Jennifer Carnahan, Minnesota’s Republican Party chairwoman, has called on the mayor of Minneapolis and the governor of Minnesota to resign over their roles in allowing violent protests to continue largely unchecked, according to the Washington Examiner.
Carnahan said that Governor Tim Walz (D) and Mayor Jacob Frey (D) were “largely silent” about the violence from the start. “We have watched our city burn to the ground,” she said in a statement Saturday morning.
“These gentlemen have demonstrated they are not equipped to run Minneapolis or Minnesota,” she added, according to the Examiner. “Their inaction has led to riots across our country. Our state can not move forward or start to heal with either in office. We call for the resignation of both, so no additional harm and damage comes to our people and state.”
Carnahan’s statement was issued as the state GOP held a virtual convention due to the coronavirus outbreak.
Inaction amid chaos
Protests began in earnest on Tuesday after a video went public showing white police officer Derek Chauvin kneeling on the neck of George Floyd, a black man, for more than eight minutes despite Floyd saying he couldn’t breathe and that he needed help, as Fox News reported.
Three other Minneapolis police officers were present but did not step in to help Floyd. The incident caused widespread anger among all racial groups, but the resulting protests soon turned violent.
By the time Chauvin was arrested on Friday, more than 130 businesses in Minneapolis had been looted and burned, according to the Wall Street Journal, and the police precinct in the area where Floyd was arrested was also set on fire and abandoned by officers, as NBC News reported.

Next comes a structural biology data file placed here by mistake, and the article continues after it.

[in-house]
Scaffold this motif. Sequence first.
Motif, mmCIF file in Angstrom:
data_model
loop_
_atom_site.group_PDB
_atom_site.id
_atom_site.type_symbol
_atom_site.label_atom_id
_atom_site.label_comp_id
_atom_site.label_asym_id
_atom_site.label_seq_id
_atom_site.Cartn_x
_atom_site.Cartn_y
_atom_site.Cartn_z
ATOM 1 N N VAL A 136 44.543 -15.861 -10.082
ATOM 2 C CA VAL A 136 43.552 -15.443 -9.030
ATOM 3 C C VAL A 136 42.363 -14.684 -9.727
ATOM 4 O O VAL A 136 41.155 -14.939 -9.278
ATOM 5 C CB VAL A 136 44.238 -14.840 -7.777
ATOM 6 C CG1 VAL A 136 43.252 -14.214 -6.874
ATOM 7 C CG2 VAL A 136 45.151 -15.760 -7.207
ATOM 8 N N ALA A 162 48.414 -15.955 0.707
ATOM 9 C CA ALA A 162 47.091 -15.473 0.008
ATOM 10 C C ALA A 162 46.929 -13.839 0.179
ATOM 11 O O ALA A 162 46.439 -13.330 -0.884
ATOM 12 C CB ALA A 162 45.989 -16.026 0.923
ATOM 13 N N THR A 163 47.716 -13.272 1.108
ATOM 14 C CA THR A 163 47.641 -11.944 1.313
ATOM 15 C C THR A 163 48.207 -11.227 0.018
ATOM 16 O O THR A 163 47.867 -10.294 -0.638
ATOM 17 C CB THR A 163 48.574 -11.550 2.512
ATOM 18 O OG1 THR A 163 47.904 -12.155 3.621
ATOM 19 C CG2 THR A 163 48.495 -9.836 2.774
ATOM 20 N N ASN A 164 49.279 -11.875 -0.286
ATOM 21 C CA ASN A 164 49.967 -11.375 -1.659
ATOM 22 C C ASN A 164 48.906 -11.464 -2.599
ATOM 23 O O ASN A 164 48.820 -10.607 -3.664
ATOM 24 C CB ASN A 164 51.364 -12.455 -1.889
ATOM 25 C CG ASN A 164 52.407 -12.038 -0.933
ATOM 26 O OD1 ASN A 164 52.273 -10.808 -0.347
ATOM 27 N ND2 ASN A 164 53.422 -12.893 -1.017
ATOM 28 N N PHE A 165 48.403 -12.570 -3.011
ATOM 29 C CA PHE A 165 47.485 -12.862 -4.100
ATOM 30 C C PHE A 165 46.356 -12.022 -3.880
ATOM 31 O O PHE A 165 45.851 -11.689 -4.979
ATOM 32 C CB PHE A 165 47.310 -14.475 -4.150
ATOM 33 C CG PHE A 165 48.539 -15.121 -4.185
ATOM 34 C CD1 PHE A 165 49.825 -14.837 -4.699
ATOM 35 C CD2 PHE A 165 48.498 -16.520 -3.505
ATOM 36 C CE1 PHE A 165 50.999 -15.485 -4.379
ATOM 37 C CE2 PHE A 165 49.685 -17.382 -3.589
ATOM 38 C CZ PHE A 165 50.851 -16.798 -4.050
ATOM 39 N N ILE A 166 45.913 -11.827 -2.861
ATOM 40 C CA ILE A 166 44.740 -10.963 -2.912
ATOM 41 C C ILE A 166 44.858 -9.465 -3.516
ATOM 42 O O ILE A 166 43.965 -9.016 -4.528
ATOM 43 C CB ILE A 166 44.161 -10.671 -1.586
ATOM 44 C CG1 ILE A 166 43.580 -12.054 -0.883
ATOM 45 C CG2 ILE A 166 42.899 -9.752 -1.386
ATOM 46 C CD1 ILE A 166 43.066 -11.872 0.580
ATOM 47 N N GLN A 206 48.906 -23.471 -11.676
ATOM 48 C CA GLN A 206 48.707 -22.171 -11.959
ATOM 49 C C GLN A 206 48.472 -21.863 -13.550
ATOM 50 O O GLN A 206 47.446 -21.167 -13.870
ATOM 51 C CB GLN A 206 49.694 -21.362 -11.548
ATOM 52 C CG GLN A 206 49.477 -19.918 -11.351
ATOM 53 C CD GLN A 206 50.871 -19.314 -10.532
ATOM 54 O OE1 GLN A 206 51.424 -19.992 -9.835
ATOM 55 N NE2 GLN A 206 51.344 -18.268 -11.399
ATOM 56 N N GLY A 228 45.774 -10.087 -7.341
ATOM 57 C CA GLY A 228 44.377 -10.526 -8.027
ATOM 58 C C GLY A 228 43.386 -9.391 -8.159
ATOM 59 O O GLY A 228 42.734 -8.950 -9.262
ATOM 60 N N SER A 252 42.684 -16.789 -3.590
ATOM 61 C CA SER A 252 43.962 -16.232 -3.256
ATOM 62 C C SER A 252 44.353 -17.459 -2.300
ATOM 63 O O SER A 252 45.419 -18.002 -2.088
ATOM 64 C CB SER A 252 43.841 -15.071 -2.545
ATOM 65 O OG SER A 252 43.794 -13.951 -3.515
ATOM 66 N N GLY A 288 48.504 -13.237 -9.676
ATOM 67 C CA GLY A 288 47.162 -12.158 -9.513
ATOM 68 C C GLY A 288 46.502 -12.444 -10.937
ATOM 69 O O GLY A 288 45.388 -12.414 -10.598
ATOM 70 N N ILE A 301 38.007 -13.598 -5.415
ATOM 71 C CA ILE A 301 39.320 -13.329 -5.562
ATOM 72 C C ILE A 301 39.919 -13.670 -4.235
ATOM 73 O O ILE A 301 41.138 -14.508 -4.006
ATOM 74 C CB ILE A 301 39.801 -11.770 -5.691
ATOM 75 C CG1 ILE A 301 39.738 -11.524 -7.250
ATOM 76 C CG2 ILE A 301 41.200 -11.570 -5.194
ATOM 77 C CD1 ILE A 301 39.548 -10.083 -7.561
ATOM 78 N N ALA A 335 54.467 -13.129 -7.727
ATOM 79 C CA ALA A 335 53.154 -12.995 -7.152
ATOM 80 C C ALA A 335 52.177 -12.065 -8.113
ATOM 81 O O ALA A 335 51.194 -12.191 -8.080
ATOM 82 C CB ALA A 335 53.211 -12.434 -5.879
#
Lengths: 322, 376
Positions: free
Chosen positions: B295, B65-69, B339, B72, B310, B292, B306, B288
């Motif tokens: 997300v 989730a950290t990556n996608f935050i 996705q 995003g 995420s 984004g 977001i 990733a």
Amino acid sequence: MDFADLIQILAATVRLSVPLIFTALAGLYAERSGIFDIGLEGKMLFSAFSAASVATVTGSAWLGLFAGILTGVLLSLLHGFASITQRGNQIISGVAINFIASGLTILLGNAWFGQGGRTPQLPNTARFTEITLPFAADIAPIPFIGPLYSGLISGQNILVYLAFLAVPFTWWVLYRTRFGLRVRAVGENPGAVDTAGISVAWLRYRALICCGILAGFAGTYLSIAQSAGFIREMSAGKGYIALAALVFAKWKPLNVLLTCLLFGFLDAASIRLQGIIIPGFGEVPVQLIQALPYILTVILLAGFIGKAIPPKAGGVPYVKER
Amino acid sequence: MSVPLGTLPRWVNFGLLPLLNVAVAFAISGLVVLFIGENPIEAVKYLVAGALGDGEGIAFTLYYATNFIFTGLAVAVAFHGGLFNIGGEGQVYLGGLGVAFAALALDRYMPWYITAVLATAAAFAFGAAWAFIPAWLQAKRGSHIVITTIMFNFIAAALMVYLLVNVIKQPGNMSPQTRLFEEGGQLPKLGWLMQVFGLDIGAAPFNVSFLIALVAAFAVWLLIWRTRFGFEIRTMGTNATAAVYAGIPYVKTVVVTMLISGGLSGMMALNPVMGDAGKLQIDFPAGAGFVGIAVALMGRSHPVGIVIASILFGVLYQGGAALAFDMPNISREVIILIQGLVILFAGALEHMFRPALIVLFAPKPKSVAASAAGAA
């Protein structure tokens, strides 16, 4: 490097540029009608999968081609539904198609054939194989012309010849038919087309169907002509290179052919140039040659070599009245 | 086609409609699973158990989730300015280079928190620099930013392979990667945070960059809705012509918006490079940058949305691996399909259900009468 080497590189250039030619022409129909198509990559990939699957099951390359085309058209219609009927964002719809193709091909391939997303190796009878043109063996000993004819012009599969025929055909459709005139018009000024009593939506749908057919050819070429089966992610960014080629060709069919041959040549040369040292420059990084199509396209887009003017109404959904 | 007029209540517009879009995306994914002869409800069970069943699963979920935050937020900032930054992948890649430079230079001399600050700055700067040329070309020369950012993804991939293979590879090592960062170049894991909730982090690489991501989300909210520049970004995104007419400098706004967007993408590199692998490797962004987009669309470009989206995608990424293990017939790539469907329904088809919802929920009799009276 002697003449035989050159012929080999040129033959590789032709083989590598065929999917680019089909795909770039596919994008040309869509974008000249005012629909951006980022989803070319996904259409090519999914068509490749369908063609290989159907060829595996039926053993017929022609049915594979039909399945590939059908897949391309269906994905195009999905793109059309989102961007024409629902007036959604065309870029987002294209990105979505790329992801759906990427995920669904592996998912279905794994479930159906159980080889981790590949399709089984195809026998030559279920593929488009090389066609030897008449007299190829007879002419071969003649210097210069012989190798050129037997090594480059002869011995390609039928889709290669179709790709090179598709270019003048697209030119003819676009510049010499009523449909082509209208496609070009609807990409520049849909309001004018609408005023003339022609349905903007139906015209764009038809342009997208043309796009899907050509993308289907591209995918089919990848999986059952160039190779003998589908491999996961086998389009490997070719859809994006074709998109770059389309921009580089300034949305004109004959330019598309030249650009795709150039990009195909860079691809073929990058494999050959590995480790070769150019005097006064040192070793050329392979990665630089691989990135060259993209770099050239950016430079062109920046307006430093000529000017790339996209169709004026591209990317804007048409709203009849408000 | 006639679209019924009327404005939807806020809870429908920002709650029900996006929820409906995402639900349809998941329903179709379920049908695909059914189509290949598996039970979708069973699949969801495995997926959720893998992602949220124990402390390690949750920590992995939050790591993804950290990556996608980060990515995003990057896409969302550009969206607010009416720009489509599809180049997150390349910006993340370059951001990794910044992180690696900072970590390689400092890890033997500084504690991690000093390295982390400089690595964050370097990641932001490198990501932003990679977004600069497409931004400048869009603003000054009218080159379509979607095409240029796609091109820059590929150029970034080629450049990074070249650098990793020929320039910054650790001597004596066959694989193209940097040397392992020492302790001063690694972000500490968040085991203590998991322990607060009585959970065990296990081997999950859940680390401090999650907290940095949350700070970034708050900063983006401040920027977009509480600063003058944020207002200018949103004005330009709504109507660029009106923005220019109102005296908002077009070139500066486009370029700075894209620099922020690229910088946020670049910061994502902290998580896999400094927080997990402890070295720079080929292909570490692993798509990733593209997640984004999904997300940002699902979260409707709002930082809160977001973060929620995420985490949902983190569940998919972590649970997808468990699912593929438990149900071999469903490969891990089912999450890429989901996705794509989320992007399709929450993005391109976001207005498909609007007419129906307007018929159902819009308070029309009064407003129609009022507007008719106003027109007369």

Local law enforcement reportedly stood largely aside and allowed protestors to inflict damage and destruction on Thursday and Friday nights, with Frey appearing more focused on distributing masks to the protesters to prevent the spread of COVID-19, according to Fox News.
Failure of leadership
U.S. Rep. Tom Emmer (R-MN) agreed with Carnahan that the state’s Democratic leadership has failed to serve Minnesotans and that the GOP can and would do a better job if elected this fall.
“You want to know whether leadership matters? Just look at what’s happening to this state today,” he said. “There is a reason why Republicans offer the only hope going forward.”
Although Minnesota went to Hillary Clinton in 2016, her margin of victory was just 44,000 votes, and state Republican leaders think it’s possible that the state could flip to President Donald Trump this time around.
The party is also working to elect Jason Lewis to the U.S. Senate, an outcome that would further Republican hopes of keeping the upper chamber in GOP hands come November.